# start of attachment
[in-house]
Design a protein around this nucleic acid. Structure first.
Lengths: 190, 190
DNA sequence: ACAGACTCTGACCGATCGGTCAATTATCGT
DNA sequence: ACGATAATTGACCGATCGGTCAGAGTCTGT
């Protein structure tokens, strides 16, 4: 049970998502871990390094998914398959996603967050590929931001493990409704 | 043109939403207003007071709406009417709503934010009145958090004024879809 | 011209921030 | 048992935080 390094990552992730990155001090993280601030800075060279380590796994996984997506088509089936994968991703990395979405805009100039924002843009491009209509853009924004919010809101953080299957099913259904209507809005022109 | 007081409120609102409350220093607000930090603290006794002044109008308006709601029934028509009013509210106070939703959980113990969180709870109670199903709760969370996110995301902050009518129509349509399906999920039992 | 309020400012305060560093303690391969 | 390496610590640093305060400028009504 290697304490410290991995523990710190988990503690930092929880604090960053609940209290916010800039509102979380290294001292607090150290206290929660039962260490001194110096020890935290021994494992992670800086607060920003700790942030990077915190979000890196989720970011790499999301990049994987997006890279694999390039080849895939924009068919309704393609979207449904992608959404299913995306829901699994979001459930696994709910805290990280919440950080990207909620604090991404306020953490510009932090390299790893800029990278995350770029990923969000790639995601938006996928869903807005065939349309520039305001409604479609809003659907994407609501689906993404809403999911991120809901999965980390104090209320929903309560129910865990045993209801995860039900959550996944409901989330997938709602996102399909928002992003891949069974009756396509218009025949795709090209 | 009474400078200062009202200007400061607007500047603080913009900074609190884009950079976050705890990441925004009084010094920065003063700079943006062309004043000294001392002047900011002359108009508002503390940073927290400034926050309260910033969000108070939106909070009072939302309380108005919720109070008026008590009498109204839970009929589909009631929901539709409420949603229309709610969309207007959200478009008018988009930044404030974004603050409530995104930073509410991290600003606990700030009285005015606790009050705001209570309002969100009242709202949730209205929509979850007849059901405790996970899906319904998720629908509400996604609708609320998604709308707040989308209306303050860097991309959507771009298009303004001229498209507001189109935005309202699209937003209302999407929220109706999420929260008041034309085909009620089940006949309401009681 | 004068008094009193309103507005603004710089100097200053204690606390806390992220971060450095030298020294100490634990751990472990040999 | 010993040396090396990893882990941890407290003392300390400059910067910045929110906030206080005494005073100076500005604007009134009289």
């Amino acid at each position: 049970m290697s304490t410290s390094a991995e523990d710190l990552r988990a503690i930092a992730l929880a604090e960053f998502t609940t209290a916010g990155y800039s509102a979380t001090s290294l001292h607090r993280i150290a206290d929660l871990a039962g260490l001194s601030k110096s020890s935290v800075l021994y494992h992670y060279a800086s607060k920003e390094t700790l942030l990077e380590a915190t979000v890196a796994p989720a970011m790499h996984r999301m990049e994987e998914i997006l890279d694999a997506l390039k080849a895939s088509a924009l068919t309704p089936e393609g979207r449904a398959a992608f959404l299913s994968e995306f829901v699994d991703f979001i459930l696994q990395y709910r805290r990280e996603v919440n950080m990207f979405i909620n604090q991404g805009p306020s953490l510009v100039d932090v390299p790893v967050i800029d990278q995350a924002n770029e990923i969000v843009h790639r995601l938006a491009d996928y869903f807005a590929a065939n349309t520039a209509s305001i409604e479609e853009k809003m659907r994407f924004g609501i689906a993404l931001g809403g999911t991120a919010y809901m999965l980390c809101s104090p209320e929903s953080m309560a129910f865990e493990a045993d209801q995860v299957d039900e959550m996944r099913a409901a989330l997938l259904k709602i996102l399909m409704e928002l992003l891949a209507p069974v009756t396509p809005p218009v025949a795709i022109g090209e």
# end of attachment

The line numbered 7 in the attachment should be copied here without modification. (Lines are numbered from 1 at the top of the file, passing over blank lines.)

């Amino acid at each position: 049970m290697s304490t410290s390094a991995e523990d710190l990552r988990a503690i930092a992730l929880a604090e960053f998502t609940t209290a916010g990155y800039s509102a979380t001090s290294l001292h607090r993280i150290a206290d929660l871990a039962g260490l001194s601030k110096s020890s935290v800075l021994y494992h992670y060279a800086s607060k920003e390094t700790l942030l990077e380590a915190t979000v890196a796994p989720a970011m790499h996984r999301m990049e994987e998914i997006l890279d694999a997506l390039k080849a895939s088509a924009l068919t309704p089936e393609g979207r449904a398959a992608f959404l299913s994968e995306f829901v699994d991703f979001i459930l696994q990395y709910r805290r990280e996603v919440n950080m990207f979405i909620n604090q991404g805009p306020s953490l510009v100039d932090v390299p790893v967050i800029d990278q995350a924002n770029e990923i969000v843009h790639r995601l938006a491009d996928y869903f807005a590929a065939n349309t520039a209509s305001i409604e479609e853009k809003m659907r994407f924004g609501i689906a993404l931001g809403g999911t991120a919010y809901m999965l980390c809101s104090p209320e929903s953080m309560a129910f865990e493990a045993d209801q995860v299957d039900e959550m996944r099913a409901a989330l997938l259904k709602i996102l399909m409704e928002l992003l891949a209507p069974v009756t396509p809005p218009v025949a795709i022109g090209e």